Iolaus appraised the situation, "not a good idea."

"Doomsayer," Jason accused.

Iolaus and Jason sat down under a tree when they realized that Hercules was going to be awhile. A loud moaning issued from the building. The moan became an ominous creaking.

"Herc!" Iolaus called but too late to escape the collapse of the ancient structure.

Iolaus and Jason spared each other a glance before rushing to their friend's rescue. They tossed the debris aside revealing a stunned demigod in a slightly compromising position. Iolaus helped him up.

"Next time will you listen to me?"

"It's an old building, it was going to fall down anyway. Herc was just too heavy for it. It's as simple as that,"

"This sure wasn't part of the plan," Hercules commented.

Iolaus shot Jason a look, "Hercules pick up your pants and go find a tree. We'll debate it on the road."

"I don't have to go anymore."

"A haunted outhouse? You think it was a haunted outhouse? I've heard it all now." Jason flung his arms into the air in exasperation.

"I didn't say it was haunted as such," Iolaus defended. "It's just that this time of year they say that the pits of Tartarus open up and for one day all the spirits can come out and mess with the mortals, play pranks and stuff."

"Where do you get this stuff from?"

"Jason, he gets it from people he walks around talking to," Hercules tried to sound placating.

"And maybe Ares will pop in wearing a pirate costume and say, "Trick or Treat," Jason replied.

Hercules grimaced, "I don't know about the treat but I've had the trick already."

"I tell you, weird stuff happens this time of year," Iolaus stated.

"Jason, don't, just humor him. I don't want to referee between you two anymore."

"I'm hungry," Iolaus announced.

"Well, that's normal," Jason commented.

"We haven't caught anything yet. Haven't even seen anything to catch, that's unusual," Hercules observed.

The hunter was philosophical, "We'll catch something tomorrow. We've got bread and cheese and this looks like a good place to camp."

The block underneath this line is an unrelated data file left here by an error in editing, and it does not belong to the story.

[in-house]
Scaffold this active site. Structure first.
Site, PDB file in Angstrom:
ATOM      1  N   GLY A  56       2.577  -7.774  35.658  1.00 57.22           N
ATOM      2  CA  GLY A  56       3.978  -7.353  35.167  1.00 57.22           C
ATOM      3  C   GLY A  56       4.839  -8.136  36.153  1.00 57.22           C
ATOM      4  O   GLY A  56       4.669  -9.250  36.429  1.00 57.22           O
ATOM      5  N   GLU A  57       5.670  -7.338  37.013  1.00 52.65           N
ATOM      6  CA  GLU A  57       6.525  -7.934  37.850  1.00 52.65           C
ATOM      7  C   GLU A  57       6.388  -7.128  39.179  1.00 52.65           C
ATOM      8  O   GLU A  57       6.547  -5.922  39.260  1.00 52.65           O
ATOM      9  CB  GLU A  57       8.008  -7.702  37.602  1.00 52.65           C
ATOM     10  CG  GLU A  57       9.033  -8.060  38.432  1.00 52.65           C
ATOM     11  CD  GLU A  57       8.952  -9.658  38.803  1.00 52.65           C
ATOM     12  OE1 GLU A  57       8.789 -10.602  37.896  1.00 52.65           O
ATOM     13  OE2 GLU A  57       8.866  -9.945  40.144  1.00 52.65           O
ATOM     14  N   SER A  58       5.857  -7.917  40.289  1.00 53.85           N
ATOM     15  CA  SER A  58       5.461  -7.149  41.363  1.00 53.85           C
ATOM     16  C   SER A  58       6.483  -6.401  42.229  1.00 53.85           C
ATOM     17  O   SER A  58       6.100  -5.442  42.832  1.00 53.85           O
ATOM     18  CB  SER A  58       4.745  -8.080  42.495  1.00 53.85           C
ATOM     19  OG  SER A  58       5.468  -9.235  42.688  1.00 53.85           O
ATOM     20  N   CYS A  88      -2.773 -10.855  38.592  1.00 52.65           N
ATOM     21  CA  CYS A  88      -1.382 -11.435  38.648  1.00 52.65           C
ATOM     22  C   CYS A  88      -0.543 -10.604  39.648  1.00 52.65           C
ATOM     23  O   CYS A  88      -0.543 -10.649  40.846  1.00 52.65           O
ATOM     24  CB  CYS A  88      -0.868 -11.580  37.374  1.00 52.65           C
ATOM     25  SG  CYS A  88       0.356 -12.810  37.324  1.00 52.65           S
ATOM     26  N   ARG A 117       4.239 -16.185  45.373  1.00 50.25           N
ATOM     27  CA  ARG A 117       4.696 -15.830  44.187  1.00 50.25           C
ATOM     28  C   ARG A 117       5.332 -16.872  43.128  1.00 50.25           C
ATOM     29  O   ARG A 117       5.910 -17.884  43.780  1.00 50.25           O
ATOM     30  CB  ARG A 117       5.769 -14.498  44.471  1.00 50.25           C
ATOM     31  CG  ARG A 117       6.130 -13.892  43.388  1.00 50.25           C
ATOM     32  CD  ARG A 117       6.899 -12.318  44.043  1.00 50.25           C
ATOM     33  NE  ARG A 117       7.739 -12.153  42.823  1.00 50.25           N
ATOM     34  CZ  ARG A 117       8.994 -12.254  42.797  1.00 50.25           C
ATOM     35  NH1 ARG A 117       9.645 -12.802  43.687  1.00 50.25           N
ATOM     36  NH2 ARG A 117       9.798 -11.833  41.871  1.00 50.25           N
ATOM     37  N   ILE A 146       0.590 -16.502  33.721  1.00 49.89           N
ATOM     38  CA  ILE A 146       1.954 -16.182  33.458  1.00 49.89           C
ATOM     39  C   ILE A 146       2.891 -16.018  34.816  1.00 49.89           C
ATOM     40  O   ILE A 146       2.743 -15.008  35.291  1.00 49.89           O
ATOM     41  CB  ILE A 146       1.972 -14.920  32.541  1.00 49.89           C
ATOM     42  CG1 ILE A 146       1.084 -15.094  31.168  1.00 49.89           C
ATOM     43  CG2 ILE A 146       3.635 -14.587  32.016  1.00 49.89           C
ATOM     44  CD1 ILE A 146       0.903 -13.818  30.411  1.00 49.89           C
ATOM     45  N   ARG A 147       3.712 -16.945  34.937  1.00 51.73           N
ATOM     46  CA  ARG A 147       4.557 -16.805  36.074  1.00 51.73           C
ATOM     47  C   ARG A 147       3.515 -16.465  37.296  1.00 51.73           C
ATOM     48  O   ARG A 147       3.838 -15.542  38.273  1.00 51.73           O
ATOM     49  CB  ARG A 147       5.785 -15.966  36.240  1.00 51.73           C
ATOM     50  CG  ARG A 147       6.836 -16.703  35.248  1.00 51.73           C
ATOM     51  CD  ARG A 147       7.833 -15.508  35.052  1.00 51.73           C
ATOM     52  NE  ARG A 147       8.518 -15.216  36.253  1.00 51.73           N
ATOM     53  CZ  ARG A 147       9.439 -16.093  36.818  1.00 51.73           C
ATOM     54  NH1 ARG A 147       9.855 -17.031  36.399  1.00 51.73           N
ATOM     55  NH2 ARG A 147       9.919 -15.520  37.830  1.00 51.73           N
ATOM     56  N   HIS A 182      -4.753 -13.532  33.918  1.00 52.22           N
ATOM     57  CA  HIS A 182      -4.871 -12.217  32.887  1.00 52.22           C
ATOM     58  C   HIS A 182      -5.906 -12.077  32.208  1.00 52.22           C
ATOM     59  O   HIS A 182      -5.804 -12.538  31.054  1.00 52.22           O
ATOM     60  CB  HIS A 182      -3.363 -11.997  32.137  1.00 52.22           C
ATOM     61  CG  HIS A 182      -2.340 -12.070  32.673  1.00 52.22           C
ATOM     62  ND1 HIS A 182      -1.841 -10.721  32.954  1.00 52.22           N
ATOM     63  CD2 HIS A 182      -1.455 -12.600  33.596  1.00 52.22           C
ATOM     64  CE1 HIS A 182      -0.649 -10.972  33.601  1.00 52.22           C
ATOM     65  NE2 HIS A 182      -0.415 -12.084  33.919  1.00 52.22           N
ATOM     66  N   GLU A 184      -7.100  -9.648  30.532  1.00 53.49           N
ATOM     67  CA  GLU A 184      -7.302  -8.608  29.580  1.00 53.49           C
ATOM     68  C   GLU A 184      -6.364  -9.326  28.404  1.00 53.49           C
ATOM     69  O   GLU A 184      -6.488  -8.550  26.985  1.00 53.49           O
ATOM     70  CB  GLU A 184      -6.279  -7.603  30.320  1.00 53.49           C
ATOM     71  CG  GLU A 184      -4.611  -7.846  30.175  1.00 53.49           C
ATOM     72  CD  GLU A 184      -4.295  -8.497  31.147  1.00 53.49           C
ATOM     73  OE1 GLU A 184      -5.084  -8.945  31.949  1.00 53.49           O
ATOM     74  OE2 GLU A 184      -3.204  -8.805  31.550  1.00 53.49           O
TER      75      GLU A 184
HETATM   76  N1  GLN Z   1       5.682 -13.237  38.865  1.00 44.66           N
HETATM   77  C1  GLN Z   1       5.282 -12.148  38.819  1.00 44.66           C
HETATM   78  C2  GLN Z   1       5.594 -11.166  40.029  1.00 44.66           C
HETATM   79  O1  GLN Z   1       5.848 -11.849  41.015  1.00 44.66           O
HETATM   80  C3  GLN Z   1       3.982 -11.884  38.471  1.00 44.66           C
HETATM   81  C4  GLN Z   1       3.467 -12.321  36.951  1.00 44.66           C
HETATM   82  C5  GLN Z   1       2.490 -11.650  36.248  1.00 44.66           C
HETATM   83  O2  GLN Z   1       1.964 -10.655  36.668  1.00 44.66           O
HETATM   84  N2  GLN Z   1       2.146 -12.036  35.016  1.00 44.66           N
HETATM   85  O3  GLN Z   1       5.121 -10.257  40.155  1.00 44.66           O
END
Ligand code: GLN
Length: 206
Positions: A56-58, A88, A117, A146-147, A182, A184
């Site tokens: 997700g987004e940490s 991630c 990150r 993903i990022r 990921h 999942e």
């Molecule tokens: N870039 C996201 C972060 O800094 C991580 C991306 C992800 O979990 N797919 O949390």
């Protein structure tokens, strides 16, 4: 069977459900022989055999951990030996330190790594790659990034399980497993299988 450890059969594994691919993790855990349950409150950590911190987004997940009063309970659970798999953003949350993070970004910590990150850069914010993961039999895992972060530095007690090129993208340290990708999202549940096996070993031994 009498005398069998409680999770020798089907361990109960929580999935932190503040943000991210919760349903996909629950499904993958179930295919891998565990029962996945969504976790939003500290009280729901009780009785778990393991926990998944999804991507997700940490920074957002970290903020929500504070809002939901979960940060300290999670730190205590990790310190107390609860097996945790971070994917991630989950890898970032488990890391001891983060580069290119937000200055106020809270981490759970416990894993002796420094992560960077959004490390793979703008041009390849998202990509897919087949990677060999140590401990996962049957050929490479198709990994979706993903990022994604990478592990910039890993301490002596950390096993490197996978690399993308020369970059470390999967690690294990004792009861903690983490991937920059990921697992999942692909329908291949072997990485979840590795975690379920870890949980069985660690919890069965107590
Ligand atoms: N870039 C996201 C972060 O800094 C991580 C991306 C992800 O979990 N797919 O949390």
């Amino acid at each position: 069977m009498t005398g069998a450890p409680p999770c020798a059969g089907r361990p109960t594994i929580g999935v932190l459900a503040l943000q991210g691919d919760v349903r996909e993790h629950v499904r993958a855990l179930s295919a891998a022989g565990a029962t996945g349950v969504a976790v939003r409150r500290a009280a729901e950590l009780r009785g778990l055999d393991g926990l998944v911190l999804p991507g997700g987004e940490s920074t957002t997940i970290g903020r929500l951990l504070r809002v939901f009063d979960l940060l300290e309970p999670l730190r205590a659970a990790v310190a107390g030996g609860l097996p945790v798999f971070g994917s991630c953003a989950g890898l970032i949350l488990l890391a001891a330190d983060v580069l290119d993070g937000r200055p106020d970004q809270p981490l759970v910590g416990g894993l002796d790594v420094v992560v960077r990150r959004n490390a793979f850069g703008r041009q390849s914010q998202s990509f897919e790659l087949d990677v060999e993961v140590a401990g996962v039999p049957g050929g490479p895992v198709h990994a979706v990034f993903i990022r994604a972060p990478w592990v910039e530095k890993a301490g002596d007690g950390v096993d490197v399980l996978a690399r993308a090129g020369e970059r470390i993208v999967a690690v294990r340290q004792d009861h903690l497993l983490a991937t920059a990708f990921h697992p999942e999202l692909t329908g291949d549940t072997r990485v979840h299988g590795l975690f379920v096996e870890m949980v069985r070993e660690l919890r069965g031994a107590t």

Jason turned around in the clearing, "Yeah, it does. Ok, he's right. Let's stop."

Hercules gathered wood while Iolaus and Jason built a rock pit to shelter the fire from the stiff breeze. They worked quickly and were soon seated around a roaring fire. Bread broken and cheese consumed, the three students soon settled in for the night.

Iolaus leaned against a tree not willing to lie down and feeling more secure with the solid mass at his back. The full moon periodically darkened by heavy clouds, left the earth to languish in shadow. Iolaus didn't sleep. He resolved to watch over his friends tonight. He would help them get through this even if they wouldn't help themselves.

The wind whipped around the camp dislodging anything not tied down. It circled them incessantly. At midnight the wind turned to the north sending the hunter scrambling to get closer to the fire's warmth. He huddled into himself and tried not to jump at every crash and wail, telling himself it really was just the wind.

"Iolaus, you're just scaring yourself, go to sleep."

"Can't Herc, it's not safe. We need a watch."

Hercules sighed, "Ok, wake me when you get sleepy and I'll take over."

"So you admit something's going on?"

"No, I admit that you've been strange all day and if you don't get some sleep tonight you'll be grouchy and strange tomorrow. I don't think that's a combination that I can put up with very long. I might have to hurt you and I don't like doing that. And I'll probably have to fight Jason for the privilege. I don't like that either."

"Go to sleep, Herc."

"Herc? Hercules. Wake up."


"Over there, there's something out there."

The demigod sat up and peered blearily at a white spectral shape in the distance. "What is it?"

"I don't want to know," Iolaus replied.

Jason stood with them, woken by their movement. He pulled his dagger.

Iolaus looked at him askance, "What are you going to do with that? Ghosts are already dead."

"Who says it's a ghost?" Jason asked then shrugged and slid the knife back into it's sheath.

"Let's get closer."

"Herc! Are you crazy?" Iolaus moved to follow even as he spoke.